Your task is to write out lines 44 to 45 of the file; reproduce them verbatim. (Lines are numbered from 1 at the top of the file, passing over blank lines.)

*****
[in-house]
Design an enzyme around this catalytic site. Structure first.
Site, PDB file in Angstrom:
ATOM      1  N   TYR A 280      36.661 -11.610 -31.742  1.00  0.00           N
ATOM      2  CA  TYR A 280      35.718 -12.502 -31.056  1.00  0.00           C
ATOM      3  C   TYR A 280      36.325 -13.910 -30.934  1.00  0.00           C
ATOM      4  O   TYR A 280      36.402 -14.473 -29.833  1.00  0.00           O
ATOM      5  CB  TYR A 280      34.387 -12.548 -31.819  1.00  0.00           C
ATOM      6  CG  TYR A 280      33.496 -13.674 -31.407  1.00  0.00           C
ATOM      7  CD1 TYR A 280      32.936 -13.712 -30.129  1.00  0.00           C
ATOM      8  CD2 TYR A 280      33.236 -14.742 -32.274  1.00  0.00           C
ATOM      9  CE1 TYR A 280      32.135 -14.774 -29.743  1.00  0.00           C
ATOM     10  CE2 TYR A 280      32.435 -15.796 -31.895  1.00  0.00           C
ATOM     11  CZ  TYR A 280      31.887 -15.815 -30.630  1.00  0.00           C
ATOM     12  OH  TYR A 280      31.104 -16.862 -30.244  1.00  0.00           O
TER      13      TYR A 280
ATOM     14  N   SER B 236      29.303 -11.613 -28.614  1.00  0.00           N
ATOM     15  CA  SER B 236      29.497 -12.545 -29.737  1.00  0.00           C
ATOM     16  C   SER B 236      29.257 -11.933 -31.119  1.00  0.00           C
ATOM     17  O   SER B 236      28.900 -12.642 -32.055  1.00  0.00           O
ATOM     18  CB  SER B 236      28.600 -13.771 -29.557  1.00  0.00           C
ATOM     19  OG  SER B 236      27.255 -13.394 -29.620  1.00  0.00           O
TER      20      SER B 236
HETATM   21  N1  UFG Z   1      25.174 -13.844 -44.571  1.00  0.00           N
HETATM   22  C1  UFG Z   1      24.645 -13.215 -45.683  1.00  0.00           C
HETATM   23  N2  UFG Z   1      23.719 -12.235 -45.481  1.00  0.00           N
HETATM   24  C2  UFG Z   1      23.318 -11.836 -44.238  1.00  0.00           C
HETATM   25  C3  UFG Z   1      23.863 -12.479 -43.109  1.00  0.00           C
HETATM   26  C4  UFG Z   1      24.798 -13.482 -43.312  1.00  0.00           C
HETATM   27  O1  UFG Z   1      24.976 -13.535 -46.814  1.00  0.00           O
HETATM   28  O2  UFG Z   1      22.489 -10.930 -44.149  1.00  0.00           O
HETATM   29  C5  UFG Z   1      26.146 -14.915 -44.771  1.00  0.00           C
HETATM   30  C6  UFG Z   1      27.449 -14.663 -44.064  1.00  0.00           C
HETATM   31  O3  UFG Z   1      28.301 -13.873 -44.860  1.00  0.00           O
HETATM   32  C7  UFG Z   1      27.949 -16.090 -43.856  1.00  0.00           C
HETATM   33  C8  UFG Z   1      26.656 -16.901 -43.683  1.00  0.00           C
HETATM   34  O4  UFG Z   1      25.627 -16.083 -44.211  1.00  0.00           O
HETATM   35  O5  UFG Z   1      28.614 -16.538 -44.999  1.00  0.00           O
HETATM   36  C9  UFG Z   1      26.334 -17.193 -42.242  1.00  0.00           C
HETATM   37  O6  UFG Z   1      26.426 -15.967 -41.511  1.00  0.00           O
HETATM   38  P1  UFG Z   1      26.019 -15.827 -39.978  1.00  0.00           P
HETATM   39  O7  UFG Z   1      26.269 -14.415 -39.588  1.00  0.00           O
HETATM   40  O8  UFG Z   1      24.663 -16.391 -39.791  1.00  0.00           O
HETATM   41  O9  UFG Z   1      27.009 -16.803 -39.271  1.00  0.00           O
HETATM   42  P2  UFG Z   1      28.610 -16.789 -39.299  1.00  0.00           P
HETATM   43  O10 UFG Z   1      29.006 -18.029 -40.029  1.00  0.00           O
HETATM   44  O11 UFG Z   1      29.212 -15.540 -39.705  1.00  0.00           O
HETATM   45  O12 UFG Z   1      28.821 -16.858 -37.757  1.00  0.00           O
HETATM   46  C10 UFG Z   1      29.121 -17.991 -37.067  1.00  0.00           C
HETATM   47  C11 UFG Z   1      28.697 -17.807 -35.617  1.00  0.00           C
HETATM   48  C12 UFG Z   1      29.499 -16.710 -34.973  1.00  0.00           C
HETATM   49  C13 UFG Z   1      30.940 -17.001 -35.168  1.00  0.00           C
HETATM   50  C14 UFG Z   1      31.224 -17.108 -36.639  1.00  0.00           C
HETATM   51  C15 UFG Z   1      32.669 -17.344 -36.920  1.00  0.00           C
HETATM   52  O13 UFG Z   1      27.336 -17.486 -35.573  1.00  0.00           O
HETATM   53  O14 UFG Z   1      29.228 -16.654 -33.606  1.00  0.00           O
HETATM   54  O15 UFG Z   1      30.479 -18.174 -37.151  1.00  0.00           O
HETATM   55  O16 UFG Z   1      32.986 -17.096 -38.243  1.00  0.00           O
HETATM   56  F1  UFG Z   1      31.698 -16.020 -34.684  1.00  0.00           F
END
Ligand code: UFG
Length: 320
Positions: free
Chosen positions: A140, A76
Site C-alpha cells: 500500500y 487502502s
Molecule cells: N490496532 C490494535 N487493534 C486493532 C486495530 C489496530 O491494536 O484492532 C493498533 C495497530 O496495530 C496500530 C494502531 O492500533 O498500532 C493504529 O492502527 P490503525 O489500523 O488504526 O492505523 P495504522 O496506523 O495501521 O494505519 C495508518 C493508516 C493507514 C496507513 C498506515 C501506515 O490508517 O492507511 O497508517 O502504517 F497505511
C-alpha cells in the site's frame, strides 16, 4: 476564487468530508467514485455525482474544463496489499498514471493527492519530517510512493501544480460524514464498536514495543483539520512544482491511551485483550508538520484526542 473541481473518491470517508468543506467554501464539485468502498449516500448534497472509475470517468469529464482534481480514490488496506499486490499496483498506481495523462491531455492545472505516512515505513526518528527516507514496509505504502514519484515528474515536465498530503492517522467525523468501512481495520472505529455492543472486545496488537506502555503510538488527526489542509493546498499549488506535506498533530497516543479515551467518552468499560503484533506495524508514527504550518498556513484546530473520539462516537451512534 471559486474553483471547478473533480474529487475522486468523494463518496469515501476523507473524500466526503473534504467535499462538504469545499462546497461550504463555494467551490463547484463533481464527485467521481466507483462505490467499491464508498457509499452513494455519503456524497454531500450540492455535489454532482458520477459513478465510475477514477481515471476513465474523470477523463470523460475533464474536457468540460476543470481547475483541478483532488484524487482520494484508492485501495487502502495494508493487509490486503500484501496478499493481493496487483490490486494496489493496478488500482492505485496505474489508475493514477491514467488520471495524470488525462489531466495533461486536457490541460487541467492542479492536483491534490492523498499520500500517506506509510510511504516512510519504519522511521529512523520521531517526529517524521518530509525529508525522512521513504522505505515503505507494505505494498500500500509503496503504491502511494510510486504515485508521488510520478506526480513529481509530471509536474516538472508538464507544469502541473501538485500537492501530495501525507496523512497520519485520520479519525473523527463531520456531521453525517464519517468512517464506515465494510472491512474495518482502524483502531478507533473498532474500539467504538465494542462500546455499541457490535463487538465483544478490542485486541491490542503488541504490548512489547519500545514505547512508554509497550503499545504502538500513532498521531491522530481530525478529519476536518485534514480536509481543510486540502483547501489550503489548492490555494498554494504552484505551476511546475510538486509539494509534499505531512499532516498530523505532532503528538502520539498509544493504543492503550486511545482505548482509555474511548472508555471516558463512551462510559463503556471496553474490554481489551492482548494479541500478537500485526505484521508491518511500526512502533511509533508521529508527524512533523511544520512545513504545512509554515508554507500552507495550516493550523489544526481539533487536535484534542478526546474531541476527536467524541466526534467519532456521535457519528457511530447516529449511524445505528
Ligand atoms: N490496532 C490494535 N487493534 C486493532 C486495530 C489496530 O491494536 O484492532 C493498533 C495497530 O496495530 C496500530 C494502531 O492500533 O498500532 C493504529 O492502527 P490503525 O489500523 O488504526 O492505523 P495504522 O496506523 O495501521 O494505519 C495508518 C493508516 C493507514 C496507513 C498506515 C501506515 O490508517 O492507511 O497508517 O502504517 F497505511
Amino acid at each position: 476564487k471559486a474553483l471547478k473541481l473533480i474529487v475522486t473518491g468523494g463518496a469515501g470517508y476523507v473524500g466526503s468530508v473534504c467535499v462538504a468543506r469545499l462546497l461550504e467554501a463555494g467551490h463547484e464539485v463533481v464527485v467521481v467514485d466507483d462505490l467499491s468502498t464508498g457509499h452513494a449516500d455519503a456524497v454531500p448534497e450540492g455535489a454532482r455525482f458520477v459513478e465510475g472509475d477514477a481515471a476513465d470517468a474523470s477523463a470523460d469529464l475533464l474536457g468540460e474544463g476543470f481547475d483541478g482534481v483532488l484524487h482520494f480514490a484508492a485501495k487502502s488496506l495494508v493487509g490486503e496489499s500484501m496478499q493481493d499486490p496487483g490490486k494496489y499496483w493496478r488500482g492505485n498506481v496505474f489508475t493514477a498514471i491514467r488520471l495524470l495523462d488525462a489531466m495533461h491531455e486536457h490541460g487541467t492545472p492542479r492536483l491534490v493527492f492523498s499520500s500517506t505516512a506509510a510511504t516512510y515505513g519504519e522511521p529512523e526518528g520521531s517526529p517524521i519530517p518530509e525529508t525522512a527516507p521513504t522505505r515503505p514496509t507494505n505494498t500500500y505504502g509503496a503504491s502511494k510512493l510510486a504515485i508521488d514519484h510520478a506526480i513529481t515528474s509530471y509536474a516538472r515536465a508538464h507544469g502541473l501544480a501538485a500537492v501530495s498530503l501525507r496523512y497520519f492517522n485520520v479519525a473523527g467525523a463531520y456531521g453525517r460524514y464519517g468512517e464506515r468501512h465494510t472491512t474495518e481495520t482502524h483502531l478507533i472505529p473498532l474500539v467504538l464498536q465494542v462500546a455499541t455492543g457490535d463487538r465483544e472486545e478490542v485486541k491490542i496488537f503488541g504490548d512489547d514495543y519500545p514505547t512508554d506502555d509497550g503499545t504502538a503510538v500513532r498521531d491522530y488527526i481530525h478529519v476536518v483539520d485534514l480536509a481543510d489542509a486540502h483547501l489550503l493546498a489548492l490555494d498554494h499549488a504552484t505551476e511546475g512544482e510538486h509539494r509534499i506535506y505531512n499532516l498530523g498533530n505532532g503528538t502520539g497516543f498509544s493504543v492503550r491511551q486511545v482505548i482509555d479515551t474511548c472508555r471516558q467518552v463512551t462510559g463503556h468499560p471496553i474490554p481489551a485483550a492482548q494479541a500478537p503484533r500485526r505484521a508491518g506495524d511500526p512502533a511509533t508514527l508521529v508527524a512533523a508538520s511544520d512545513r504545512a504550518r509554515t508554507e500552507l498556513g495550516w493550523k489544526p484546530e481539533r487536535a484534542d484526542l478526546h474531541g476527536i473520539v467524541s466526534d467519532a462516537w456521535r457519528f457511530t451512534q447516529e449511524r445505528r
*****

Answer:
HETATM   41  O9  UFG Z   1      27.009 -16.803 -39.271  1.00  0.00           O
HETATM   42  P2  UFG Z   1      28.610 -16.789 -39.299  1.00  0.00           P